9. #9
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    Oh, I like it. Very cool idea. But I don't think it solves the problem. It's still possible for two strings to yield the same result, though maybe less likely than before. Plus, couldn't rounding truncate two results to the same value?
    If it's not practically useful, then it's practically useless.

    blindman
    www.chess.com: "sqlblindman"
    www.LobsterShot.blogspot.com

  10. #10
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    Ok, granted I tend to say "what box" when people suggest that I think outside the box, but if you need "numbers", how about:
    Code:
    SELECT Checksum('KEY AND KEY'), Checksum('COPENBARGER AND COPENBARGER') -- Same
    SELECT Cast('KEY AND KEY' AS VARBINARY)
    ,  Cast('COPENBARGER AND COPENBARGER' AS VARBINARY) -- Different
    -PatP

  11. #11
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    How large can the Uniqe Value be?

    select checksum('KEY AND KEY')*10000000000 + checksum(left('KEY AND KEY', len('KEY AND KEY') -1))
    select checksum('COPENBARGER AND COPENBARGER')*10000000000 + checksum(left('COPENBARGER AND COPENBARGER', len('COPENBARGER AND COPENBARGER') -1))
    If it's not practically useful, then it's practically useless.

    blindman
    www.chess.com: "sqlblindman"
    www.LobsterShot.blogspot.com

  12. #12
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    Quote Originally Posted by blindman
    How large can the Uniqe Value be?
    A better question is "How small does the unique value have to be?" As Zev proved that to uniquely encode N random bits without loss requires N bits. If there are patterns (which there usually are), then you can uniquely encode the N bits into a pattern that is the difference between N and its redundancy factor R, which is typically about 55% of N for English text.

    Anywho, this math gets really complex if you want to persue it, but the short answer is that getting really unique values that are significantly smaller than the original has been a holy grail of computing for years. Good luck!

    -PatP

  13. #13
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    Damn!

    Fails when last characters are the same:

    select checksum('KEY AND KEYX')*10000000000 + checksum(left('KEY AND KEYX', len('KEY AND KEYX') -1))
    select checksum('COPENBARGER AND COPENBARGERX')*10000000000 + checksum(left('COPENBARGER AND COPENBARGERX', len('COPENBARGER AND COPENBARGERX') -1))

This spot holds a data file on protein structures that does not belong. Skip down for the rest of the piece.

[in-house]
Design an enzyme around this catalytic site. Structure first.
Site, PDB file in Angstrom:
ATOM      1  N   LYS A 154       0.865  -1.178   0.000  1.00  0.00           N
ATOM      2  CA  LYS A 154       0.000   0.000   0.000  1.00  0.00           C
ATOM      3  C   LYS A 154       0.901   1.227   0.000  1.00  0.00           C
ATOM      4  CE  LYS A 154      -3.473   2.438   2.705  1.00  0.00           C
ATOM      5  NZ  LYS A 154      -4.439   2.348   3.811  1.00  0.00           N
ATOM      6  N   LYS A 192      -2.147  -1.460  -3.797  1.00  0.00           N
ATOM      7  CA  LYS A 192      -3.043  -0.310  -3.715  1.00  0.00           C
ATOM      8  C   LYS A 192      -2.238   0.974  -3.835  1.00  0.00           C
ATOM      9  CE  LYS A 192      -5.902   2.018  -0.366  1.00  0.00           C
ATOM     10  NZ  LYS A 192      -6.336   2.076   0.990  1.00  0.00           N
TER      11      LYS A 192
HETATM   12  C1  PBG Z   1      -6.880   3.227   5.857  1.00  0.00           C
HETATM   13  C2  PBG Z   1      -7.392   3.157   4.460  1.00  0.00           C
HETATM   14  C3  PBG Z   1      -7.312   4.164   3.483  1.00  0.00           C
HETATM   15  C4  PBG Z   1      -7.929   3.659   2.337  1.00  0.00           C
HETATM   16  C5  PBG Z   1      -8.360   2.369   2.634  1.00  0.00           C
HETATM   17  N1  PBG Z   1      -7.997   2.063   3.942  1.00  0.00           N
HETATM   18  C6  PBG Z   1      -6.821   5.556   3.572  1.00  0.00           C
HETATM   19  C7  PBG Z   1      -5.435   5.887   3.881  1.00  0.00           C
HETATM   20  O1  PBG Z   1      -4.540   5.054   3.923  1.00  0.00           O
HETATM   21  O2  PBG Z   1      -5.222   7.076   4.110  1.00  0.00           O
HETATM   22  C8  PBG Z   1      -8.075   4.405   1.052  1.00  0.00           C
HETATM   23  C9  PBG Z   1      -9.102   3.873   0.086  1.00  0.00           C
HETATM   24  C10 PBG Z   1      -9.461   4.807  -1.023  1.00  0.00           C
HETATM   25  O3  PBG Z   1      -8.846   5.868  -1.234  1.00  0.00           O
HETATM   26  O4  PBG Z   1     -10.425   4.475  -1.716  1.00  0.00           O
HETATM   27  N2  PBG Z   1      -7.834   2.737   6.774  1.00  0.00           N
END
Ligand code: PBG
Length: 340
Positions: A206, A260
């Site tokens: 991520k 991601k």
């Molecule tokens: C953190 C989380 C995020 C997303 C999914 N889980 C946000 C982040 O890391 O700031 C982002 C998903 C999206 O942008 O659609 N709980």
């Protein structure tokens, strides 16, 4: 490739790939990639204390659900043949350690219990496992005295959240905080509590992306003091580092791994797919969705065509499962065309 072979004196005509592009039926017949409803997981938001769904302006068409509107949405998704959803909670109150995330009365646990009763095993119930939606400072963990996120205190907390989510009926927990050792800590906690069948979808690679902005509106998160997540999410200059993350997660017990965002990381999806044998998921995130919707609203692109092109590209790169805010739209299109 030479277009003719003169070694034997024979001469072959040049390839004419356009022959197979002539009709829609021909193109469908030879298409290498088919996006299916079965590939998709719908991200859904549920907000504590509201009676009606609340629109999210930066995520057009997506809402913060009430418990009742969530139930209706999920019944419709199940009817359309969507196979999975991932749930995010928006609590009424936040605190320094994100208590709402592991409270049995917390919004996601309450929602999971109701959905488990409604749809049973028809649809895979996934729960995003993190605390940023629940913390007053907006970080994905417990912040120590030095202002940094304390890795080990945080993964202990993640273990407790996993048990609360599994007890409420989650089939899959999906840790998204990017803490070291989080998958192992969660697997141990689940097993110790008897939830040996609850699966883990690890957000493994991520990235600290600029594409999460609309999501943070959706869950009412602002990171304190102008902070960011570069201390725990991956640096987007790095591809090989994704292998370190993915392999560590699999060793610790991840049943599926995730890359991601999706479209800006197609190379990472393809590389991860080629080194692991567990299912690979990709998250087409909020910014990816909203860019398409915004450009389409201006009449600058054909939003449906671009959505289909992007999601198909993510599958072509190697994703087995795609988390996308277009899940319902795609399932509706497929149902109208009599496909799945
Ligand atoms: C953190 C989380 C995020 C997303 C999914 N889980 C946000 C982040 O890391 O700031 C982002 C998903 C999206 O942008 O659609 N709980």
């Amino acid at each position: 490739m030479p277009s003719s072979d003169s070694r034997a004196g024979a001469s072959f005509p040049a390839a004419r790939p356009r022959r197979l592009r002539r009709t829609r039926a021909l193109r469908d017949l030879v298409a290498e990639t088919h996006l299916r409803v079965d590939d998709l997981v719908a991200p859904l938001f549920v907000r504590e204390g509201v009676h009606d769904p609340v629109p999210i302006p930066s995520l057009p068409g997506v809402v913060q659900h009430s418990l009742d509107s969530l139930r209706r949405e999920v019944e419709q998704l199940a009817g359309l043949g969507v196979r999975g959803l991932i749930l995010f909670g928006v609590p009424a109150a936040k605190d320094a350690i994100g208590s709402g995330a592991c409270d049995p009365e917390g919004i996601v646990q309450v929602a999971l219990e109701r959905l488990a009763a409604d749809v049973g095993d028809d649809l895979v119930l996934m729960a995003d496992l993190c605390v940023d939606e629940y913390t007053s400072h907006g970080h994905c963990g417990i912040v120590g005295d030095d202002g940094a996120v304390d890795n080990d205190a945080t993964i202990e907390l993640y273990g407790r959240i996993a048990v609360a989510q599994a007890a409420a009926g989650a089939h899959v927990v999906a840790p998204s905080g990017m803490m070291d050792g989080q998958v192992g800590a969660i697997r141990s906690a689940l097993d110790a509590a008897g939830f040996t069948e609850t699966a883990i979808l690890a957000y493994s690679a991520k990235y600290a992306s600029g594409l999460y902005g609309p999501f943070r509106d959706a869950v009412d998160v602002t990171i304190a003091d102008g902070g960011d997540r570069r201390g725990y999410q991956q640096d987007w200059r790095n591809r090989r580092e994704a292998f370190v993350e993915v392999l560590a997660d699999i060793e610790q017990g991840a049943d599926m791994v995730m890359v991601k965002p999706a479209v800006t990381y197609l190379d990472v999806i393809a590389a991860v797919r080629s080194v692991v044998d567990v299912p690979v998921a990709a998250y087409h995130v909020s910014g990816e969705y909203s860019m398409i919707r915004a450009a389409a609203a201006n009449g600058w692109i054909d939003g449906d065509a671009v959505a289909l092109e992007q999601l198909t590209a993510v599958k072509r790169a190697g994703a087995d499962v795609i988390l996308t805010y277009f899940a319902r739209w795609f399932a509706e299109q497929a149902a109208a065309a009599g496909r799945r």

I guess a function would be required for the second CHECKSUM that would peel off characters from both strings until it finds two characters that do not match.
    If it's not practically useful, then it's practically useless.

    blindman
    www.chess.com: "sqlblindman"
    www.LobsterShot.blogspot.com

  14. #14
    Join Date
    Jun 2004
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    Quote Originally Posted by Brett Kaiser
    Well why do you want to convert everything to an integer? That seems like a waste...aren't the char values unique enough?

    And if they're not, how would you joing across databases with a number anyway?
    I must admit I tried to keep the question simple, and didnt feel it necessary to go into the details of a convoluted project. You'll just have to trust me ! As Pat suggests, there isnt always a box . Which brings me on to...


    Quote Originally Posted by Pat Phelan
    Anywho, this math gets really complex if you want to persue it, but the short answer is that getting really unique values that are significantly smaller than the original has been a holy grail of computing for years. Good luck!
    An interesting topic! Not something Id thought about before and would certainly give me a headache if I though for too long about that. The cast idea seems simple and ideal.



    Thanks everyone for their posts

  15. #15
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    The CAST solution will not give you a unique NUMBER. It gives you a unique VARBINARY value.
    If it's not practically useful, then it's practically useless.

    blindman
    www.chess.com: "sqlblindman"
    www.LobsterShot.blogspot.com